What barclays has done is gone out and found someone they believe has the experience and track record to fill ambudo's shoes. As a shareholder I believe this may be the type of guy we need to keep strong leadership at the Bank With "youth" on his side we may have alot to gain from this Miro once he get's on board. I am sure the Board and shareholders would only put their faith behind someone they thought was able. He is very highly rated as banker by KIB lets let the jamaa do his job and hopefuly lead our firm to greater hieghts instead of judging him by his speech granted he may have a lot to learn leaders are made not born.

Barclays in my opinion is still and hopefully will continue to be one of the stronger firms that are listed on the NSE.

bankelele said...

I truly believe Barclays has found a worthy successor to Ambundo.

The board, and especially the management team, are all top notch, and shareholders will continue to be happy with their shares and dividends for many years to come.

(I also said I believe the new Chairman will be more polished and have better interaction with the shareholders next year)

Anonymous said...

From what I’ve read, Okello knows his stuff and that’s why he’s on the Boards of so many other leading companies in Kenya, including Serena. Lets be real, would we not have been a slightly worried had he taken the stand and spoken in fluent Kiswahili and kept us active with jokes throughout the speech? I think it is the nature of professional people to be extremely technical in the way they communicate, and in my experience, coupled with a solid CV, this commands a lot of respect. Personally, I’m happy they’ve got a local Kenyan of such high caliber as Chairman. My Uncle from shags was there and while he may not have understood all the words said, he left the AGM very confident in the abilities of the Okello. Besides, it being a handover from Ambundo, the occasion probably called for long speeches and I guess Okello knew this when in the introductions, he said it was an occasion to celebrate the professional life of the great Kenyan that Mr. Ambundo is. He requested the Shareholders to bear with him as he gave his speech which covered his tribute to the outgoing Chairman and his own acceptance of the position as Chairman. I think it is unfair that you would judge him on the length of his speech, he was not there to entertain us! In any case in his speech, he mentioned other issues, such as who should be regarded as a National Hero or Heroine in Kenya context, issues that in my view deserve some debate as opposed to arguing over trivialities like how long the speech was! As for me with my few shares, I’m glad that Barclays continue to make me money!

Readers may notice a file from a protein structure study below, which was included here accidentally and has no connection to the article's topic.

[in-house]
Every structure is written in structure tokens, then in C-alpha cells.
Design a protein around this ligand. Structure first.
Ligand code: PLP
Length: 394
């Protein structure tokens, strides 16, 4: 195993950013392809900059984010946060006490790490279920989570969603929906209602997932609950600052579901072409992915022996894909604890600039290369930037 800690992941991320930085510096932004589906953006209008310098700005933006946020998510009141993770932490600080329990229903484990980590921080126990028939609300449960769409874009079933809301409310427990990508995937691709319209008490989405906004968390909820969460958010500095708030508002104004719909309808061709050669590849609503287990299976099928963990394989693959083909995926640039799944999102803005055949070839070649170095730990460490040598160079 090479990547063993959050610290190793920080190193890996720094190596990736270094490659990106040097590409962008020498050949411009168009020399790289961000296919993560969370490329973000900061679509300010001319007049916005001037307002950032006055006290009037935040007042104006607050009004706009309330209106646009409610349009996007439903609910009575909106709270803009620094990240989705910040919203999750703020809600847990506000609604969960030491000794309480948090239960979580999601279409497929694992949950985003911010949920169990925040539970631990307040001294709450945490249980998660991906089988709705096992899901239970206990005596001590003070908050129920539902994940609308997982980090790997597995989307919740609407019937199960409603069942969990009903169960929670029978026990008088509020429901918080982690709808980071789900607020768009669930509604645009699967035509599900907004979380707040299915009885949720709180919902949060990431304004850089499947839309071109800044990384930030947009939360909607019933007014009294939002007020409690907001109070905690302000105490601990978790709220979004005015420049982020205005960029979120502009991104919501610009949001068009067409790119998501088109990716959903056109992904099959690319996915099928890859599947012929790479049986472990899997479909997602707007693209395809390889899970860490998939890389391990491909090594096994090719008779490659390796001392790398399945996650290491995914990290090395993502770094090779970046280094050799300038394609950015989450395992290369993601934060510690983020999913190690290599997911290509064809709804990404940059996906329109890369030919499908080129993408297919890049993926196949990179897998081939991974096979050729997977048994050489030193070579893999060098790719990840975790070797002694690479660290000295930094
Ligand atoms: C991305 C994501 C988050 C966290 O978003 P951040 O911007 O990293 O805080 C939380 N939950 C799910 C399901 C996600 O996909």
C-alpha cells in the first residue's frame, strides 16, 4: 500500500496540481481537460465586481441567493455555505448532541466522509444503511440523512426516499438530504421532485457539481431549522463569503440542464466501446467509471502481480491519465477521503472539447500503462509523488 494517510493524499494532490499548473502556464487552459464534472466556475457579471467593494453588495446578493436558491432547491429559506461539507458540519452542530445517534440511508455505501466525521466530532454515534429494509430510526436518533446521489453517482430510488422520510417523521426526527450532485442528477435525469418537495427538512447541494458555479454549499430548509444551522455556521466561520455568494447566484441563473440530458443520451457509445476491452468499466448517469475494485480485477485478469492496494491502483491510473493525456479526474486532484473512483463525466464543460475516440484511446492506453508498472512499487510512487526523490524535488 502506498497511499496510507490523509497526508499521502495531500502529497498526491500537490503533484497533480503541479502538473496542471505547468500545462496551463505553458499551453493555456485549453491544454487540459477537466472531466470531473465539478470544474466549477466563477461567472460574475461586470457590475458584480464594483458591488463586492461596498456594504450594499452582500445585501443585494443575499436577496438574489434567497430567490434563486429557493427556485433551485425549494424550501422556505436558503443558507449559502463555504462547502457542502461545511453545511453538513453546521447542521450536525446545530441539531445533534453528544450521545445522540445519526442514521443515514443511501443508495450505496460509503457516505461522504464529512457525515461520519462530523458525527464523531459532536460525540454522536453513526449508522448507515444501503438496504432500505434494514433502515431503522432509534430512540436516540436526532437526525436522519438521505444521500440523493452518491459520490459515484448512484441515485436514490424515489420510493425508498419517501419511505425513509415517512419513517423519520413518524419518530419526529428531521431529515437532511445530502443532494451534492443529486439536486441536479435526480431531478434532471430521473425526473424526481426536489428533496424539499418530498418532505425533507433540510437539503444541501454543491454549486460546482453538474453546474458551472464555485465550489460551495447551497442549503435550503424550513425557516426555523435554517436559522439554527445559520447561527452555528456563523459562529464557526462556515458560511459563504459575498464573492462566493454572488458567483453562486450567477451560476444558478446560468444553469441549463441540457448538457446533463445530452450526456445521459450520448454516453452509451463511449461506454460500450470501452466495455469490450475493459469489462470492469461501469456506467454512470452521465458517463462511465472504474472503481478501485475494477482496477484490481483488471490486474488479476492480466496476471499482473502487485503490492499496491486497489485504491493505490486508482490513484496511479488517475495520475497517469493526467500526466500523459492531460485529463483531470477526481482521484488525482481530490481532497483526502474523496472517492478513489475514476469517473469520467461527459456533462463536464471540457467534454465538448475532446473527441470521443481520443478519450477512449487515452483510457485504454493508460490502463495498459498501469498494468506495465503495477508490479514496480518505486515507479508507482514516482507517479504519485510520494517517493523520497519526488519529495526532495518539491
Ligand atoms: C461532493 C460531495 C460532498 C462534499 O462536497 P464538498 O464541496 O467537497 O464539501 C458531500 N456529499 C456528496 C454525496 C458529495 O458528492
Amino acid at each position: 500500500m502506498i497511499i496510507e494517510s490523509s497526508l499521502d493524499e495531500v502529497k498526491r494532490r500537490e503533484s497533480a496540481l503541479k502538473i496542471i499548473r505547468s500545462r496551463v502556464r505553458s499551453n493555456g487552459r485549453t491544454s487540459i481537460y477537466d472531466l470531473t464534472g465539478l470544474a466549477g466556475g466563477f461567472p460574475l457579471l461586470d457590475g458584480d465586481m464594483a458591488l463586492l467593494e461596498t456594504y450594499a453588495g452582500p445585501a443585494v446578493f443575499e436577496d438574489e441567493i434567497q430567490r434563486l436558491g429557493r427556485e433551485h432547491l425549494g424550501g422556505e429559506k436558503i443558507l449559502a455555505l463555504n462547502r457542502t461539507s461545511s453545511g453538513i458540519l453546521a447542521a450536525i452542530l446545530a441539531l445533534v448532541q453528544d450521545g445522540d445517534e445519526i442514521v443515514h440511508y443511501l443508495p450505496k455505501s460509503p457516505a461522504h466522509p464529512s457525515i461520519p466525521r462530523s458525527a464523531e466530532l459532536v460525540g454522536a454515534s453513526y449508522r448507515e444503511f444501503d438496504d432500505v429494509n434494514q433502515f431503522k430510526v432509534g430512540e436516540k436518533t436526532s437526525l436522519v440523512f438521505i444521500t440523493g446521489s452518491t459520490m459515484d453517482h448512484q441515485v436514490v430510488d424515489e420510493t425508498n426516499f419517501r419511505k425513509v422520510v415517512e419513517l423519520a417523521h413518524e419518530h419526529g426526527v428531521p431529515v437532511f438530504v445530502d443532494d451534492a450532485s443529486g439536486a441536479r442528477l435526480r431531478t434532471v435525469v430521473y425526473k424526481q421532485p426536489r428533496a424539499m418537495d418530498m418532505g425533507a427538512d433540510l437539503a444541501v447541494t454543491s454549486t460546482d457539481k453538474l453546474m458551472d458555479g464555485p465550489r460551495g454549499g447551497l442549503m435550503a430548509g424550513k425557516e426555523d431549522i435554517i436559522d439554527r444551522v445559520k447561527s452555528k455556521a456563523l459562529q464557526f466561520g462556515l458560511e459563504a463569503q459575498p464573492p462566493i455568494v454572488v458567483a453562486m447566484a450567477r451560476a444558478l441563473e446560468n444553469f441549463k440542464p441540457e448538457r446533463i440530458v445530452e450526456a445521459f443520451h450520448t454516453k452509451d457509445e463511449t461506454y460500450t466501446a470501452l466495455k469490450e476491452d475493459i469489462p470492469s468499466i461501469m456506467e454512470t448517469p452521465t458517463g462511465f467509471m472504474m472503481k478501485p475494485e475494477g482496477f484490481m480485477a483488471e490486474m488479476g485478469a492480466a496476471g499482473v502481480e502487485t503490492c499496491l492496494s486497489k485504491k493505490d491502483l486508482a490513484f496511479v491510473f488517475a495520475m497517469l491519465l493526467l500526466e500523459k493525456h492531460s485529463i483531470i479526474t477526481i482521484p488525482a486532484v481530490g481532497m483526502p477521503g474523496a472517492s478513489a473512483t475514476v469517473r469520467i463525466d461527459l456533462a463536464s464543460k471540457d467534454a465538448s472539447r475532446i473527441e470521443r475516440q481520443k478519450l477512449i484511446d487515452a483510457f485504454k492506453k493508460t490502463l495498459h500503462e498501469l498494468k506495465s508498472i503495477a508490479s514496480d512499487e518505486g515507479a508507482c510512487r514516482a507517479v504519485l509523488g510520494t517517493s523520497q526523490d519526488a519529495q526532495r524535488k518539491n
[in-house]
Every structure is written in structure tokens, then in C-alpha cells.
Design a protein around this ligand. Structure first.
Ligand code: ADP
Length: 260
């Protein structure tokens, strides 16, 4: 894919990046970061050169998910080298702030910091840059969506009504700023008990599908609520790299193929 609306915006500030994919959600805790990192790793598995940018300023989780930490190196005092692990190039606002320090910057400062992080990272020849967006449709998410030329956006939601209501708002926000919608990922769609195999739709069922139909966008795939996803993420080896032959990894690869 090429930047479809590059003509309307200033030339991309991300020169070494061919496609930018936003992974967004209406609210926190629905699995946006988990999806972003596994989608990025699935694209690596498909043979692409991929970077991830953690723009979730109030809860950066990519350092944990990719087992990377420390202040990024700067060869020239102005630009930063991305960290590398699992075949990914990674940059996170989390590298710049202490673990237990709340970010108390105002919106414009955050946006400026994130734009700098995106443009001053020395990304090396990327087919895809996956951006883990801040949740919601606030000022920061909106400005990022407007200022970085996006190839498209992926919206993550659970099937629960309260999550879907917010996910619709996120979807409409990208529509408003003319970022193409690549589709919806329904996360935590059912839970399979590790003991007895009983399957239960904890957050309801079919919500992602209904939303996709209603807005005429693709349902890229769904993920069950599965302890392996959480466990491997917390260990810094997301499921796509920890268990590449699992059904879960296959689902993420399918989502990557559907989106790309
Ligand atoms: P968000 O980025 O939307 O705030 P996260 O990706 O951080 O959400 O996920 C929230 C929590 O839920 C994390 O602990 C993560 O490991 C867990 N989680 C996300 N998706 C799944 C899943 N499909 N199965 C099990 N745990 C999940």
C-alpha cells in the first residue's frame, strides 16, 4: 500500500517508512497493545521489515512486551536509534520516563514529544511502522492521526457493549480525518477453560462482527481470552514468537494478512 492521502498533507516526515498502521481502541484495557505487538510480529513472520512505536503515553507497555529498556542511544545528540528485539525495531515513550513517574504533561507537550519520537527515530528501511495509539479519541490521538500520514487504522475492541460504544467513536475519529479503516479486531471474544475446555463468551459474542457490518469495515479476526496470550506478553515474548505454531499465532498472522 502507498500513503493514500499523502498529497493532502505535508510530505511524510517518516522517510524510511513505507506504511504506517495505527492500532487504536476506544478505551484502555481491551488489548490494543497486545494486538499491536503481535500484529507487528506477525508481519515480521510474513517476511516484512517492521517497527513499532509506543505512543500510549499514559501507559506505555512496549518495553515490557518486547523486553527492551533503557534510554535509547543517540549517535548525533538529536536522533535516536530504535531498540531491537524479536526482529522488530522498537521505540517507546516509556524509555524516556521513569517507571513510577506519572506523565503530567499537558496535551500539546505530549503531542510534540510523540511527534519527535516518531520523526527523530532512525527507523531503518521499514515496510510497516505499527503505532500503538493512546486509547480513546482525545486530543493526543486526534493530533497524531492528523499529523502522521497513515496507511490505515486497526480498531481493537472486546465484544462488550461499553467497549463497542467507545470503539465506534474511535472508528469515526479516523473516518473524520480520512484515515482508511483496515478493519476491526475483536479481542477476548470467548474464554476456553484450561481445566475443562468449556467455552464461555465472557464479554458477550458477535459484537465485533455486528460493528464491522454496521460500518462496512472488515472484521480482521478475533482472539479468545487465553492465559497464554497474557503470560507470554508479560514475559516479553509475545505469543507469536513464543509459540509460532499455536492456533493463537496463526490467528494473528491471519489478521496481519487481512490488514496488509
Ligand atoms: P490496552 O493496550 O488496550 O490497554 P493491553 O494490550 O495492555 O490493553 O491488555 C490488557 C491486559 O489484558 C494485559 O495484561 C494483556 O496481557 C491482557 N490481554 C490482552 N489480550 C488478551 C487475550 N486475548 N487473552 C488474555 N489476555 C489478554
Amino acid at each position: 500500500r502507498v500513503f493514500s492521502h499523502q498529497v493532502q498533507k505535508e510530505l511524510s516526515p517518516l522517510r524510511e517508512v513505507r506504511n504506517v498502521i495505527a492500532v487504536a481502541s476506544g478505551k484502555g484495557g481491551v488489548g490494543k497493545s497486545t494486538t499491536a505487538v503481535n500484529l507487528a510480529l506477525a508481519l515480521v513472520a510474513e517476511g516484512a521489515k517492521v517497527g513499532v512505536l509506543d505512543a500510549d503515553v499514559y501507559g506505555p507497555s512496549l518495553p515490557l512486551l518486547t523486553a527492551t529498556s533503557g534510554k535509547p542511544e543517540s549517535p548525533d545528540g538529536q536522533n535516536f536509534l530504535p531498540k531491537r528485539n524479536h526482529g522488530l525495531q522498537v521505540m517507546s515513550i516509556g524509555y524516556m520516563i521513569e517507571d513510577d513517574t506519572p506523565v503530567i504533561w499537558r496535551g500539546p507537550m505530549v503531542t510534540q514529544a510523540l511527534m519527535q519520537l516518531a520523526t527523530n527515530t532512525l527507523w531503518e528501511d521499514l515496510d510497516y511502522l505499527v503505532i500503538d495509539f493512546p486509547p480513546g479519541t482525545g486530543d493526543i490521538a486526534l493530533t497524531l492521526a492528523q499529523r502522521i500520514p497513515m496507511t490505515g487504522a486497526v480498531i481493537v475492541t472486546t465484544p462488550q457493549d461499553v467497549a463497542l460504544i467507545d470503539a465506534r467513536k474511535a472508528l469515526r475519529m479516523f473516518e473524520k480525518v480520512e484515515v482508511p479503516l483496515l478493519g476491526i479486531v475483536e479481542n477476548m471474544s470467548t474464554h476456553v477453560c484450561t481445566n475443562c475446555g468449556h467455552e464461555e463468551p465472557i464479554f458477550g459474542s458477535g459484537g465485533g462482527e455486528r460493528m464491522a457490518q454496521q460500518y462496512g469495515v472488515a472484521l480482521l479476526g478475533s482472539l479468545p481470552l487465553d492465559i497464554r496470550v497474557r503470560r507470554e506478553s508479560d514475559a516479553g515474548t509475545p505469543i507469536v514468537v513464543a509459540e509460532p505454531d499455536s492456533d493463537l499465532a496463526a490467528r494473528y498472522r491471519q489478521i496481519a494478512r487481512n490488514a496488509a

Cheers all,

Anonymous said...

There are many traits that make a good leader and speech is just one of them.It's just too bad I guess that Sir Okello did not take a public speaking class and considering all the positions he holds you would think the guy has learnt... but oh well he will learn on the job now that he has to make a speech at least once every year, and it won't have to be about his predecessor.All said and done, I still think he is the right guy to lead Barclays to greater heights.